More than 80 million people would have been affected by the Occupational Safety and Health Administration’s vaccine-or-test rule for businesses with at least 100 employees.

  • What did the supreme court argue? The conservative majority ruled that the administration overstepped its authority in its attempt to impose the requirement.

  • … and the dissenting liberals? The three judges argued the court was the one overreaching by overruling health experts in its judgement.

In other news …

© Provided by The Guardian
Defending men’s tennis champion Novak Djokovic has had his visa cancelled by Australian immigration minister Alex Hawke before the 2022 Australian Open. Photograph: Kelly Defina/AP

  • Novak Djokovic’s Australian visa has been cancelled again just days before the start of the Australian Open. The move by the Australian immigration minister will likely mean Djokovic is deported and unable to play in the tournament.

  • The House select committee has subpoenaed Twitter, Meta, Alphabet and Reddit for records related to the Capitol attack. the congressman Bennie Thompson said previous requests for cooperation had been ignored.

  • The Republican party has indicated that it intends to withdraw from US presidential debates, following claims that they are biased against it. The New York Times first reported that the Republican National Committee had sent a letter to the Commission on Presidential Debates on Thursday.

  • The British prime minister, Boris Johnson, faces renewed calls for his resignation after further allegations of parties on the eve of Prince Philip’s socially distanced funeral. At the time, outdoor gatherings were limited to six people or two households.

Stat of the day: Covid created 20 ‘pandemic billionaires’ in Asia

The pandemic has exacerbated a stark wealth division in Asia: while 140 million people fell into poverty after losing their livelihoods, Covid created 20 new ‘pandemic billionaires’, according to a report by Oxfam. The new billionaires profited from the international response to the crisis, selling pharmaceuticals, medical equipment and services.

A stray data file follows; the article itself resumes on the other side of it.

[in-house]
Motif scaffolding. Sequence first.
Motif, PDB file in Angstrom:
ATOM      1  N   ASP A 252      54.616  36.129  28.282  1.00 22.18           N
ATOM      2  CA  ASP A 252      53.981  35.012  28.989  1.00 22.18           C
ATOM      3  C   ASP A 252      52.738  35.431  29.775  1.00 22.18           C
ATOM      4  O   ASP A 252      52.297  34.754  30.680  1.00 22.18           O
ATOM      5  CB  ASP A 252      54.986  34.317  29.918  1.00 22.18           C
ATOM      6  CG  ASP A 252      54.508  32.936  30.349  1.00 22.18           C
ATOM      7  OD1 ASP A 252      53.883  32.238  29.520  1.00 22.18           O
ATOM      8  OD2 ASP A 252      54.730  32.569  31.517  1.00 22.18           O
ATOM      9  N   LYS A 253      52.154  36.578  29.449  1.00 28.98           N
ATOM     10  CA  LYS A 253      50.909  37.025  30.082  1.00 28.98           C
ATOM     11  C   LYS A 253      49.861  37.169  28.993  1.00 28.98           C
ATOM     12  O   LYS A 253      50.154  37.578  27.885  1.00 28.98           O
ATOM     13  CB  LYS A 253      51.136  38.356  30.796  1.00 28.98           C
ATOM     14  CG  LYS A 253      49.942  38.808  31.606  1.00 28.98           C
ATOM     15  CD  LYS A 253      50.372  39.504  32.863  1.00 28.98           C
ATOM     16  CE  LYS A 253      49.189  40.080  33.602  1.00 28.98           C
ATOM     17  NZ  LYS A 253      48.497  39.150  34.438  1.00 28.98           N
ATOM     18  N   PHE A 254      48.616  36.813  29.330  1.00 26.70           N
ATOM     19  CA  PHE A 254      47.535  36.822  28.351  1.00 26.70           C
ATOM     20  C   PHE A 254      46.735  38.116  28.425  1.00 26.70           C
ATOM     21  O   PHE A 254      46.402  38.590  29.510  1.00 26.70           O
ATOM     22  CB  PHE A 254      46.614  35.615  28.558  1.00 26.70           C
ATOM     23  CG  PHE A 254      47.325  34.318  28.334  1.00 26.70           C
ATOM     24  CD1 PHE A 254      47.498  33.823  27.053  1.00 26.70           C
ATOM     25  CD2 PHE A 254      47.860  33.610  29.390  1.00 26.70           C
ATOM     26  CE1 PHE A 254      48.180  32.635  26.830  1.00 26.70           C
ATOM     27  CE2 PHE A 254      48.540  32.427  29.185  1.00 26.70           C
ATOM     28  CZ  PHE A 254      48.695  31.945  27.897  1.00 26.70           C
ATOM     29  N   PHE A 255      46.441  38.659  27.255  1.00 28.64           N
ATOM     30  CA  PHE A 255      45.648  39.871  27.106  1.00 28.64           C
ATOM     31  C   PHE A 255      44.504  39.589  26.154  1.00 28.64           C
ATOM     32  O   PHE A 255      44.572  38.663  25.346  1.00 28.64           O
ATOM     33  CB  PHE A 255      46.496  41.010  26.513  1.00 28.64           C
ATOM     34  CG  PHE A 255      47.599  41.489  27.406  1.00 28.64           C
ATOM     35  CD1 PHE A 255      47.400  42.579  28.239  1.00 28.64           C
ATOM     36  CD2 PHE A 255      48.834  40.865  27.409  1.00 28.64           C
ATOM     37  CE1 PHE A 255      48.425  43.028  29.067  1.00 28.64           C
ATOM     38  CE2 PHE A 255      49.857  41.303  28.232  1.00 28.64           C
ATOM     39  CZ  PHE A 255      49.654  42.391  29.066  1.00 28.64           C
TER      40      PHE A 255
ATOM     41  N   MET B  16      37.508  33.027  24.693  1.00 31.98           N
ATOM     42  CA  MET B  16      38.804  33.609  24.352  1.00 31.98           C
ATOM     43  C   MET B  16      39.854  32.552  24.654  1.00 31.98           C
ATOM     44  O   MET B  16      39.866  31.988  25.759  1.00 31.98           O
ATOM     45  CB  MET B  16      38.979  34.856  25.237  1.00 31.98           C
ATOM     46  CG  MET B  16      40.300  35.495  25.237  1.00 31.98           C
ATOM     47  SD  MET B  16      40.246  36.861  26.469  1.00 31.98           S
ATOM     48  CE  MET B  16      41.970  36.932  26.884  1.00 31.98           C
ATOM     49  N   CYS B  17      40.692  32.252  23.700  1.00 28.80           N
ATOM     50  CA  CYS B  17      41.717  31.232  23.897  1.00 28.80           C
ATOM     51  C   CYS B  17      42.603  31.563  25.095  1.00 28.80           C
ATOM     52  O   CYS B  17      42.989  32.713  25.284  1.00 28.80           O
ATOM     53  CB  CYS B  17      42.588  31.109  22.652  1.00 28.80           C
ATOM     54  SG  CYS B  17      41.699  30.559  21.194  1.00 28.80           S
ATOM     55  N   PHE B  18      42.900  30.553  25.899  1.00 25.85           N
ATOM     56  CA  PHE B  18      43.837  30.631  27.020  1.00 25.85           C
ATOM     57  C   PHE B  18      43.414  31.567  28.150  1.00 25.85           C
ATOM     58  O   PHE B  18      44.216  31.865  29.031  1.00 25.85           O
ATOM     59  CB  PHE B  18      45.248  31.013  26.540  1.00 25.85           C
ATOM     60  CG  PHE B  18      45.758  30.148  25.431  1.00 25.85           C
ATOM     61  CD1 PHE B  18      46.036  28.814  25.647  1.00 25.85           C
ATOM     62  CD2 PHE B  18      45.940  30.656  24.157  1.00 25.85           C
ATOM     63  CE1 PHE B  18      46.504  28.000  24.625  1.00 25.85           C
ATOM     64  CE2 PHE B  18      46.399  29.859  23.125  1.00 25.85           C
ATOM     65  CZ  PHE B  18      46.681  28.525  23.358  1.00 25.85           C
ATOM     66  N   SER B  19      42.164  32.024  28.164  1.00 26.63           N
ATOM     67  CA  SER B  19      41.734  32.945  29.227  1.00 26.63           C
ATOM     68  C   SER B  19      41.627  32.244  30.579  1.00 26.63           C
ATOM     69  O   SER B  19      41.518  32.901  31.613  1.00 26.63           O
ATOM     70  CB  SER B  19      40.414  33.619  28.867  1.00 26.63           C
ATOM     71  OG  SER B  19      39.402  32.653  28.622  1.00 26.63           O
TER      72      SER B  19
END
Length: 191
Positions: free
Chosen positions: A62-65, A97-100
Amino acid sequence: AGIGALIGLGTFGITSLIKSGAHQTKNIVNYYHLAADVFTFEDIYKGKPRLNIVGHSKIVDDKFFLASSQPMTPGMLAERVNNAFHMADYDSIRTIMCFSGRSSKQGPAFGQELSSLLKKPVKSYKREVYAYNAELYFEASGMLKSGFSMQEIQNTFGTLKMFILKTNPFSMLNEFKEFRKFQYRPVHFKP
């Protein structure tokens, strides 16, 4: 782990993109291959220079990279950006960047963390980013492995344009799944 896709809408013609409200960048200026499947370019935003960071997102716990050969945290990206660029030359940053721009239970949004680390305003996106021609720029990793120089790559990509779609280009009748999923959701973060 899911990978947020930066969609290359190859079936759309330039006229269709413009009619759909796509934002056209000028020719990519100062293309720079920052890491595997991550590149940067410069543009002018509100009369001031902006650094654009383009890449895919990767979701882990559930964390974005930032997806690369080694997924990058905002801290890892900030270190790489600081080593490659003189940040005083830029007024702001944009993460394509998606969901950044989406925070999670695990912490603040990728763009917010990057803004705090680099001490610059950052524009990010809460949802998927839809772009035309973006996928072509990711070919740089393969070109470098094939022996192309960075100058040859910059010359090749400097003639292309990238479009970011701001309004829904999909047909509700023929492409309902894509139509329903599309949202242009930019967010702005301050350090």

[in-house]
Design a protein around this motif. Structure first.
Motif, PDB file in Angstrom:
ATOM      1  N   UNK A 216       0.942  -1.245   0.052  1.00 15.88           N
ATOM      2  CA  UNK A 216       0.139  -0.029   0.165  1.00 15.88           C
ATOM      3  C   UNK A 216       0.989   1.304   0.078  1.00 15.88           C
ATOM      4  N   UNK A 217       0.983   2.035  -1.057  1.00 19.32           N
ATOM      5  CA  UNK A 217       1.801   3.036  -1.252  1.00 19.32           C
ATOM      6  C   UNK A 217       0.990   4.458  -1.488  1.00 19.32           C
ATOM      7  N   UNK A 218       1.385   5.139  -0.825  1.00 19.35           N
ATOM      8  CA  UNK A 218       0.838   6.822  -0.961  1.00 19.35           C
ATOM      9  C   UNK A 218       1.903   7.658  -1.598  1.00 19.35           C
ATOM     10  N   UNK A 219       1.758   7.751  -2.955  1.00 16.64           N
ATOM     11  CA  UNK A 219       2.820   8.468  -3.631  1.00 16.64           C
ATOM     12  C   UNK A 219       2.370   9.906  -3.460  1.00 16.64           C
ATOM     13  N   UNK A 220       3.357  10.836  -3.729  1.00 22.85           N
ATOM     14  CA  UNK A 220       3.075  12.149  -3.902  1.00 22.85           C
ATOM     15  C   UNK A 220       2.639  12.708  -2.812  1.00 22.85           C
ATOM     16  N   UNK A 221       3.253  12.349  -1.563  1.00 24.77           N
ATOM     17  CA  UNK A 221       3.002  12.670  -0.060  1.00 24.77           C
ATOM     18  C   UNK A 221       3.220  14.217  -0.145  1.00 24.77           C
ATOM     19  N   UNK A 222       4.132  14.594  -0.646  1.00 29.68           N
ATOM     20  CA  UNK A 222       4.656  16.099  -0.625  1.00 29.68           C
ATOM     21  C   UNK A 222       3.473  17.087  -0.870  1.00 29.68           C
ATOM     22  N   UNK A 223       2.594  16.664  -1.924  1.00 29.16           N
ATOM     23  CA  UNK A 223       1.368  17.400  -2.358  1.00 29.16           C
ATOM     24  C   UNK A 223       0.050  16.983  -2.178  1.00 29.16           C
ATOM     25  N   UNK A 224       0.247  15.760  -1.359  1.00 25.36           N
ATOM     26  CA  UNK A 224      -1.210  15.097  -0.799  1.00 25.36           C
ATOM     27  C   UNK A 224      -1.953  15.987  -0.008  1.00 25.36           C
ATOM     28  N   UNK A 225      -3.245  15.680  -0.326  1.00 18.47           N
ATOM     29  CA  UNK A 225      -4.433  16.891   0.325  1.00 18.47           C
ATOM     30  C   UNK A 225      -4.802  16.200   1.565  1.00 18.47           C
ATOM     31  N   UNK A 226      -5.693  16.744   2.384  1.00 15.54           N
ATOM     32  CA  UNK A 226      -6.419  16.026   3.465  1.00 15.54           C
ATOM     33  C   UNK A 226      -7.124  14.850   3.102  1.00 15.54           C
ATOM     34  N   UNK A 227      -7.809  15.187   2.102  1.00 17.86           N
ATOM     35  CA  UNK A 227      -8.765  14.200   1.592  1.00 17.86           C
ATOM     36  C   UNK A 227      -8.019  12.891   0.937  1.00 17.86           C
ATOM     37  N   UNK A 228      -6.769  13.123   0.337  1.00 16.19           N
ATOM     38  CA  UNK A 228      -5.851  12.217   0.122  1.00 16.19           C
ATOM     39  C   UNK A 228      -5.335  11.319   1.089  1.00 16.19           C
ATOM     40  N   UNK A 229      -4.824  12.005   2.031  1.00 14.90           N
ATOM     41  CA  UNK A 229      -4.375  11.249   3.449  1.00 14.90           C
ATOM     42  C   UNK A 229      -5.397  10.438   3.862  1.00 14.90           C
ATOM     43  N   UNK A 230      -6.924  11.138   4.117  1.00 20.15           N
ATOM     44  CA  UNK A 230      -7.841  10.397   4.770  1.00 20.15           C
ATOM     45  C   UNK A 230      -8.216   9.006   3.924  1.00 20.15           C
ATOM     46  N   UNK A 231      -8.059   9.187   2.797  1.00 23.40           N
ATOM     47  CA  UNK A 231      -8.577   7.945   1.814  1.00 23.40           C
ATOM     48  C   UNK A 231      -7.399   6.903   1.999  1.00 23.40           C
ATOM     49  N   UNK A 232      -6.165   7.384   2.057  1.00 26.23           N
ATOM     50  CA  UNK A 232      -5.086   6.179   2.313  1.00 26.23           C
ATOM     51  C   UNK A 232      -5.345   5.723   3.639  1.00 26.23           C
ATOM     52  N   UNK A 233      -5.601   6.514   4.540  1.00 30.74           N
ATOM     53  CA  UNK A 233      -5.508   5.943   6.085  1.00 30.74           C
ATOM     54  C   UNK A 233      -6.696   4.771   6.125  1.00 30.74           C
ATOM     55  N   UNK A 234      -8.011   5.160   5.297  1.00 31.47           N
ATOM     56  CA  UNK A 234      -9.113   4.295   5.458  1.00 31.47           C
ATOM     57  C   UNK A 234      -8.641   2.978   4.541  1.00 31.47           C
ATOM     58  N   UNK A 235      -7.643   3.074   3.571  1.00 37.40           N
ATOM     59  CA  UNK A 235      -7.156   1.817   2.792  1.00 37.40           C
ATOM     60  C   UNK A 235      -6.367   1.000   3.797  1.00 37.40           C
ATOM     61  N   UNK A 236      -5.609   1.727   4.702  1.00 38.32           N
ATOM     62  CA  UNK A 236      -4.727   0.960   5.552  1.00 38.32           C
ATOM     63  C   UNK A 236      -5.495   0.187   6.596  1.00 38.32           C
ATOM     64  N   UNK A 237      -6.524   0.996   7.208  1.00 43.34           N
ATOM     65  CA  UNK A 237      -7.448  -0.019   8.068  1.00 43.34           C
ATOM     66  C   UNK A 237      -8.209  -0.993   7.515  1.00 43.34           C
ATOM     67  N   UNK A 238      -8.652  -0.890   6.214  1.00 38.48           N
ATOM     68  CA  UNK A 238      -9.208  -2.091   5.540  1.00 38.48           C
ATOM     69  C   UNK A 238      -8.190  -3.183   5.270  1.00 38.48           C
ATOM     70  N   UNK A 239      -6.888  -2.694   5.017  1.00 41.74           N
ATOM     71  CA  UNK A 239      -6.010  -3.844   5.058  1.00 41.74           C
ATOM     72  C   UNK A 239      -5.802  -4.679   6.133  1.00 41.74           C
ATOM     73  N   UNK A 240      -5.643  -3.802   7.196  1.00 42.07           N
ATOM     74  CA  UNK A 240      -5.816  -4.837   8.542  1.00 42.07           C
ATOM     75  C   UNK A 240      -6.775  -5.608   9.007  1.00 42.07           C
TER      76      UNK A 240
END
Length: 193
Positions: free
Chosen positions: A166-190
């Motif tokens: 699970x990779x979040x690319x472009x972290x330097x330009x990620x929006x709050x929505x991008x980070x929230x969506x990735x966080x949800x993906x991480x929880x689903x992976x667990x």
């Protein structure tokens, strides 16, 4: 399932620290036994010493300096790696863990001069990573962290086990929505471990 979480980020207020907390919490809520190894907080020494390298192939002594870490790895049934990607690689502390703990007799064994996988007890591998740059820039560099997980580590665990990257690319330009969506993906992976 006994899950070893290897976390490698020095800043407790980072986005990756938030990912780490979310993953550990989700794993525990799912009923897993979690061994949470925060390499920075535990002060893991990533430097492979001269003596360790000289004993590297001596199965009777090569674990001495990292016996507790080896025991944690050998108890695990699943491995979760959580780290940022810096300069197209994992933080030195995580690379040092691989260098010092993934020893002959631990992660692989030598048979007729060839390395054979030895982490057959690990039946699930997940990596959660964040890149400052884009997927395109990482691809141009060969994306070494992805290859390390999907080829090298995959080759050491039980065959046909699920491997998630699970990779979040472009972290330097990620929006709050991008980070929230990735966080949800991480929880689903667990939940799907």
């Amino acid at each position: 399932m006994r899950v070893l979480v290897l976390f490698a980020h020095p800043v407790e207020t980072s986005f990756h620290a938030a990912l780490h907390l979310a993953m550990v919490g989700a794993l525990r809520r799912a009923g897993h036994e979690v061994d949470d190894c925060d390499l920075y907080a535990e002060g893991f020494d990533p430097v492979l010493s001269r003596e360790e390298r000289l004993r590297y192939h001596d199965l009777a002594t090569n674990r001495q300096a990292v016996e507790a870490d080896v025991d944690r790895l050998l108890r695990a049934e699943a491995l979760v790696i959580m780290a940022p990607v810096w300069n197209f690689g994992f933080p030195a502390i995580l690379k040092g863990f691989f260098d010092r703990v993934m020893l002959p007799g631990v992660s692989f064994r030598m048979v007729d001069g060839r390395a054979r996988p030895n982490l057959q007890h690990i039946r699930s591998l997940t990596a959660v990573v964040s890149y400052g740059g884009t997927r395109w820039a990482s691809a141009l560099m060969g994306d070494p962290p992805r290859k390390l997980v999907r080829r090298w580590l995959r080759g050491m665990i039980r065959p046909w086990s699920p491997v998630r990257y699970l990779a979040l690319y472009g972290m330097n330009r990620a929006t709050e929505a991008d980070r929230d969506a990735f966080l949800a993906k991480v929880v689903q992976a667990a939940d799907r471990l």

Load Error

Don’t miss this: Big Thief on why recording is like sex

Big Thief are the exception to the rule: everything that makes them work “could be the undoing of any other band”, writes Marissa R Moss. Frontperson Adrianne Lenker and guitarist Buck Meek are divorced, bassist Max Oleartchik lives in a different country, and the group’s members have separate musical side projects. The “alchemy” of these elements is “what makes Big Thief Big Thief in the first place”, Meek tells Moss in this piece about what makes the band tick, pain and why recording is like sex.

Last Thing: French bakers in pain over supermarket baguettes

© Provided by The Guardian
Baguettes in a bakery in Paris, France. Photograph: Chesnot/Getty Images

French bakers have accused a large supermarket chain offering below-inflation prices for baguettes of “demagogy”. The Leclerc group vowed on Tuesday to cut into its profit margins to cap the cost of the signature French loaf at 29 euro cents (24p), leading bakers, farmers and millers to accuse it of “launching a campaign that destroys values”.

Sign up

First Thing is delivered to thousands of inboxes every weekday. If you’re not already signed up, subscribe now.

Get in touch

If you have any questions or comments about any of our newsletters please email [email protected]

Source: Thanks